The US National Center for Advancing Translational Sciences (NCATS) has awarded 17 grants to create artificial organs for drug screening. These complex mini-machines are generally the size of a microscope slide or smaller, and are often connected to all sorts of tubes and wires to help to mimic human physiology. A lung on a chip, for example, puts blood-vessel cells on one side of a membrane and lung-tissue cells on the other. Tiny pumps and vacuums model breathing and blood flow.
(See Nature’s ‘Tissue Models: A living system on a chip‘.)
Funded projects include models of skin, lung, gut, liver and brain. The full list can be found here.
The hope is that these chips can provide a reliable, inexpensive way to study human disease, in part by allowing different types of cells to interact and by mimicking the three-dimensional environment that cells inhabit in intact tissues. In typical, flat cell cultures, cells do not function the way they would in the body.
The US Food and Drug Administration will help to explore how this new technology might be used to predict safety before potential new drugs are tested in humans. Studies in animals are still considered essential, but are expensive and can be unreliable. Rats, for example, can handle some toxins that poison humans. According to figures cited by the National Institutes of Health (NIH), some 30% of experimental medications that have failed in human trials were found to have toxicities even after promising results in animal models.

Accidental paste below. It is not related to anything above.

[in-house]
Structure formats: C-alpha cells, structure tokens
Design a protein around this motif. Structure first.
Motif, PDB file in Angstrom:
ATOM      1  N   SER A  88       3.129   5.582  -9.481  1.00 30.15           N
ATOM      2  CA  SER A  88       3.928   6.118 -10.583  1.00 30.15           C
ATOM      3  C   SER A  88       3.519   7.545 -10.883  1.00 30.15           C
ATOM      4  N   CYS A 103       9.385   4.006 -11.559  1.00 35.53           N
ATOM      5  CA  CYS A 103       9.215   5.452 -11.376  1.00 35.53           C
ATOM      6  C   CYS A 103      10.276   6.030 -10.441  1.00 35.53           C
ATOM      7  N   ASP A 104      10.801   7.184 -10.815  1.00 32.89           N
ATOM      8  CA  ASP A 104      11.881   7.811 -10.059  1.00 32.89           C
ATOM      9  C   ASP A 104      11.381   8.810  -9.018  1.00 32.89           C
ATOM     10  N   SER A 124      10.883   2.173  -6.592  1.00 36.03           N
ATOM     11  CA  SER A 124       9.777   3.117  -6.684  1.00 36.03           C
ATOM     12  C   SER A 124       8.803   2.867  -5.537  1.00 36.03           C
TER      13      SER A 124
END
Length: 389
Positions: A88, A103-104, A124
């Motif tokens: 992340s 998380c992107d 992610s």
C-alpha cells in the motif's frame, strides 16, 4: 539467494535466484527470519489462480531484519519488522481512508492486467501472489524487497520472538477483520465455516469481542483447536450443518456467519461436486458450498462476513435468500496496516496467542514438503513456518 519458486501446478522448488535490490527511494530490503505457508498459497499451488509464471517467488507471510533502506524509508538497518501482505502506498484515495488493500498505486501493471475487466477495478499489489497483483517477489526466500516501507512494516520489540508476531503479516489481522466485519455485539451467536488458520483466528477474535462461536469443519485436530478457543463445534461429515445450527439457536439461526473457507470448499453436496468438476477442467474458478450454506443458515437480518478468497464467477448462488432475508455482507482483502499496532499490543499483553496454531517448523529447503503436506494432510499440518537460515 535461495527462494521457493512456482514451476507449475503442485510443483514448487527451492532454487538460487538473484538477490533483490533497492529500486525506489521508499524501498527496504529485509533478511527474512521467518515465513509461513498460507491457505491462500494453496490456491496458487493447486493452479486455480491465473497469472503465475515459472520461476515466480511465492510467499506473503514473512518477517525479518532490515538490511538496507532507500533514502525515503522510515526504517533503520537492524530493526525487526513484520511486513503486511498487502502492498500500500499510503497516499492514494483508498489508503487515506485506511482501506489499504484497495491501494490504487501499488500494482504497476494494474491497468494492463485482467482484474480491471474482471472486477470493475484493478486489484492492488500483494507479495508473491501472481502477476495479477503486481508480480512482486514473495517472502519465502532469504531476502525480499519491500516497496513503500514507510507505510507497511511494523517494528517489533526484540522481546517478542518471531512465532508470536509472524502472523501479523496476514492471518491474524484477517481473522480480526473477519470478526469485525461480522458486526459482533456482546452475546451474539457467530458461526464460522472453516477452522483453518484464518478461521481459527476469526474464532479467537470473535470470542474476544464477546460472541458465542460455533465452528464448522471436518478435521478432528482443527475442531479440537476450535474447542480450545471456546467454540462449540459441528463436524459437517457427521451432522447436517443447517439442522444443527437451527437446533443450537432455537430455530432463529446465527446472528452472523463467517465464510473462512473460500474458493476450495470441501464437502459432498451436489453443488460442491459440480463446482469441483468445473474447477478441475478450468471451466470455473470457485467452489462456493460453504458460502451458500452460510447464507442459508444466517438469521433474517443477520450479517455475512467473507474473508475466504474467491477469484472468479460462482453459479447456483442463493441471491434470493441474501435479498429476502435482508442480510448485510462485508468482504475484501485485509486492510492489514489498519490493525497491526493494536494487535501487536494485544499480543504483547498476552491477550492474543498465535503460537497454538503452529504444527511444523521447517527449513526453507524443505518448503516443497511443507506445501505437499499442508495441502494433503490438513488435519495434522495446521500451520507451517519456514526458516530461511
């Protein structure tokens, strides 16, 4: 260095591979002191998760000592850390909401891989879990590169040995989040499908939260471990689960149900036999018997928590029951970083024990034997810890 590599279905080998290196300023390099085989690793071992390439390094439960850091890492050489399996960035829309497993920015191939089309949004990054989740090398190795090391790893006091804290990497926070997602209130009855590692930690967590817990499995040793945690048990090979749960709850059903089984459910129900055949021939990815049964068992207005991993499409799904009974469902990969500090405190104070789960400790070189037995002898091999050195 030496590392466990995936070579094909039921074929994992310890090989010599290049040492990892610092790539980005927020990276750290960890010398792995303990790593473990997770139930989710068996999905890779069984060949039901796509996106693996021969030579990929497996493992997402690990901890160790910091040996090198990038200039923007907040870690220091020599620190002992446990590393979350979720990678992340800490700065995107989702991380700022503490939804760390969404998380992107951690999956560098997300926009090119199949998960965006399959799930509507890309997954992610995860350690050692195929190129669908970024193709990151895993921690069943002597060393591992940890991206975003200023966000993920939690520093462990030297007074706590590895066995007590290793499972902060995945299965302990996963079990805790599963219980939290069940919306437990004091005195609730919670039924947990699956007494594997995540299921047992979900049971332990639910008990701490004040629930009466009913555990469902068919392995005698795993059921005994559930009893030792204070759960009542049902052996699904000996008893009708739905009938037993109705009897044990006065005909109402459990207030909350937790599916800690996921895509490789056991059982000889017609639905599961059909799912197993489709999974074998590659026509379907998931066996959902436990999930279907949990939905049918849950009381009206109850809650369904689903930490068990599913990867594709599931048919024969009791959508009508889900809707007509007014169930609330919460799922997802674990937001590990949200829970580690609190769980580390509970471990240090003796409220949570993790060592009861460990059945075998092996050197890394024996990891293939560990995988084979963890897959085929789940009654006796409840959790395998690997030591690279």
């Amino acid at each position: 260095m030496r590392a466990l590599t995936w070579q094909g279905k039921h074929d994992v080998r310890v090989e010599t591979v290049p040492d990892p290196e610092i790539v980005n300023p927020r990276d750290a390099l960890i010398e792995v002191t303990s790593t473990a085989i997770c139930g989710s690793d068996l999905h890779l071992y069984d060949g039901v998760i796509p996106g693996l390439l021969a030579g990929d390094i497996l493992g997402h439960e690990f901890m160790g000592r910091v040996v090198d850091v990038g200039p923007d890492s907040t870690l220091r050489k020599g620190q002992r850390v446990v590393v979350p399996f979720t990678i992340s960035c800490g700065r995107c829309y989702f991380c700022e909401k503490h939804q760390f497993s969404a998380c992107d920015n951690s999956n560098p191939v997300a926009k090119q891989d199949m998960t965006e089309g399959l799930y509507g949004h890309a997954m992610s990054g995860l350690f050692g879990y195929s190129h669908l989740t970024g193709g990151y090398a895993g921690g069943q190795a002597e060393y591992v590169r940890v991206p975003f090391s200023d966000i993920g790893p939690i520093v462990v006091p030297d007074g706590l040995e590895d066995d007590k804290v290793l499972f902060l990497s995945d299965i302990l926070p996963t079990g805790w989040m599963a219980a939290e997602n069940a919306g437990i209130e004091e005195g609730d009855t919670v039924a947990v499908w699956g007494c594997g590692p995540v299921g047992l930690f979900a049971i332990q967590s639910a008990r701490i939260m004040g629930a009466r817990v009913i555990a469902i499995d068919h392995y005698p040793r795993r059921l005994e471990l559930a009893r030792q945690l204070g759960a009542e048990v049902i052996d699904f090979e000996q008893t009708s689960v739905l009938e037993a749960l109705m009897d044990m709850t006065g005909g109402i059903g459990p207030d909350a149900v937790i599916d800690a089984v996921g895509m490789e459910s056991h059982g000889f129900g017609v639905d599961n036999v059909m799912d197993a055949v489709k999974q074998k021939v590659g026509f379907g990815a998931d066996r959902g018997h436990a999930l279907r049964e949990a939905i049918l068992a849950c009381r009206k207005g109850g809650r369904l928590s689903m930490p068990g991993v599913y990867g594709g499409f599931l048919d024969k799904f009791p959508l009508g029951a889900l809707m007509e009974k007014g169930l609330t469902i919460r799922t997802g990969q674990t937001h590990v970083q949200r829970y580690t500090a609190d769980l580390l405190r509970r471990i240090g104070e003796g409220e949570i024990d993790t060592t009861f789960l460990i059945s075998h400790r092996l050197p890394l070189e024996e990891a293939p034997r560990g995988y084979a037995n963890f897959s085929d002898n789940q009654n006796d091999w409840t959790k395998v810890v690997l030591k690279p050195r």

The initiative marks the first inter-agency collaboration launched by NCATS, whose creation last year stirred controversy.
The NIH plans to contribute up to US$70 million over five years. The US Defense Advanced Research Projects Agency (DARPA) is also participating, funding two projects that take a suite of artificial organs and link them together. The Wyss Institute at Harvard University in Cambridge, Massachusetts, for example, may receive up to $37 million from an agreement with DARPA.